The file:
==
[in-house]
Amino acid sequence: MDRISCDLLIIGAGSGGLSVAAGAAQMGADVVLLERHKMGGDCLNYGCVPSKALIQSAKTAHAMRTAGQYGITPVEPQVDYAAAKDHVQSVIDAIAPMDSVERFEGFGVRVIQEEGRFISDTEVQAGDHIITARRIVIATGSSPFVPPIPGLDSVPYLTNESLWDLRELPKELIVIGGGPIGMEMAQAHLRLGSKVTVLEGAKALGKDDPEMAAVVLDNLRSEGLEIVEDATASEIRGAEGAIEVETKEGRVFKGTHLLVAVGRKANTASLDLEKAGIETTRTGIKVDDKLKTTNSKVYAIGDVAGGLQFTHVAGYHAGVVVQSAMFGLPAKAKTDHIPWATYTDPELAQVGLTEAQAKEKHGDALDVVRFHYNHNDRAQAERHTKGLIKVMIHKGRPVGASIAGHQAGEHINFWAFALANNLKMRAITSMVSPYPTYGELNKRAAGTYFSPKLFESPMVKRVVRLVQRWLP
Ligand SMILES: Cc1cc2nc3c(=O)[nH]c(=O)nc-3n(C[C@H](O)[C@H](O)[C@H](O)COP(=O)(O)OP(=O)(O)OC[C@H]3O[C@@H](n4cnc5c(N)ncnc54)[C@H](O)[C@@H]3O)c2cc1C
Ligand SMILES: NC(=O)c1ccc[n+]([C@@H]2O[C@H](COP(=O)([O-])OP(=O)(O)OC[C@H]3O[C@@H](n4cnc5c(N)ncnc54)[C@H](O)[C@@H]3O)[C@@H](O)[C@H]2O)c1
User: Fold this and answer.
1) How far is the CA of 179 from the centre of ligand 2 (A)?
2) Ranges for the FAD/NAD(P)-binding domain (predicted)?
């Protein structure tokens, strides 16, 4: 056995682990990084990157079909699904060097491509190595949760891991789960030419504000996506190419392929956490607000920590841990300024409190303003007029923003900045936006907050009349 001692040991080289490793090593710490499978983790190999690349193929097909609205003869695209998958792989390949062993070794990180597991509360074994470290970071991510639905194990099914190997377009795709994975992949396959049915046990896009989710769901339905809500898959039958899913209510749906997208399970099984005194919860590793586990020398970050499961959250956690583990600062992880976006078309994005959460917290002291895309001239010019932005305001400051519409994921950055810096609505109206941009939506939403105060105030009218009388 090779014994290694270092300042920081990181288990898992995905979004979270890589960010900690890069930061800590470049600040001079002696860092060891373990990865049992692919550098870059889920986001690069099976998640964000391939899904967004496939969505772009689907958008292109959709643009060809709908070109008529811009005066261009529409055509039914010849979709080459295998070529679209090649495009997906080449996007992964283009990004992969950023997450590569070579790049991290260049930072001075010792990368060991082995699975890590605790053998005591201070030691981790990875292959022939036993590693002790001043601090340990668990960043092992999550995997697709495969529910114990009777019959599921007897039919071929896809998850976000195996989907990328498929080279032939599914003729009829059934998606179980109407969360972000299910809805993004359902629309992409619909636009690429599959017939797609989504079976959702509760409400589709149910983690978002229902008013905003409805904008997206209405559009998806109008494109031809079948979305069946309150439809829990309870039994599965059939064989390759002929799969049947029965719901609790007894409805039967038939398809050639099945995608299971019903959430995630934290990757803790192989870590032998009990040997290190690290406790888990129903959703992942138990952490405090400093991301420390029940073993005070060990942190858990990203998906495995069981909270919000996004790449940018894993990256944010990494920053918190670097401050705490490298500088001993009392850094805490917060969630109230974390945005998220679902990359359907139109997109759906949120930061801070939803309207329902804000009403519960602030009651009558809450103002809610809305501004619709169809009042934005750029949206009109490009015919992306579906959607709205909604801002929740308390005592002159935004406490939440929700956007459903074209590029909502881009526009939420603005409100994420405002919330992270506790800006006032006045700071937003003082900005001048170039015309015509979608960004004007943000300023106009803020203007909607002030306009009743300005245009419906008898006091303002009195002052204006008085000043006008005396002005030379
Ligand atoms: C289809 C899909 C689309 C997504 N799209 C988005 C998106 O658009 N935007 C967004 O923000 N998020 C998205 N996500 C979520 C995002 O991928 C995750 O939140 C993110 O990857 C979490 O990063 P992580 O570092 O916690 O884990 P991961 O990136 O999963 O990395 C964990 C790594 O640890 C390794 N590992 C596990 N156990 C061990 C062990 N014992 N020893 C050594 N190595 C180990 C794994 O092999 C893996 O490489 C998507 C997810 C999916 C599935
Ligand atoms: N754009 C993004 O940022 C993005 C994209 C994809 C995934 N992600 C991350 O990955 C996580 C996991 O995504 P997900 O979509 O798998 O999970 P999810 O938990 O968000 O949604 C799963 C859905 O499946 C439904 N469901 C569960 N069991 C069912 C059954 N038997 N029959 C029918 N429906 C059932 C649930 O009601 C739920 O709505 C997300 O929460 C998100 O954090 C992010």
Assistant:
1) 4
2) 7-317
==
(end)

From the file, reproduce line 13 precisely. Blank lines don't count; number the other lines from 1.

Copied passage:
2) 7-317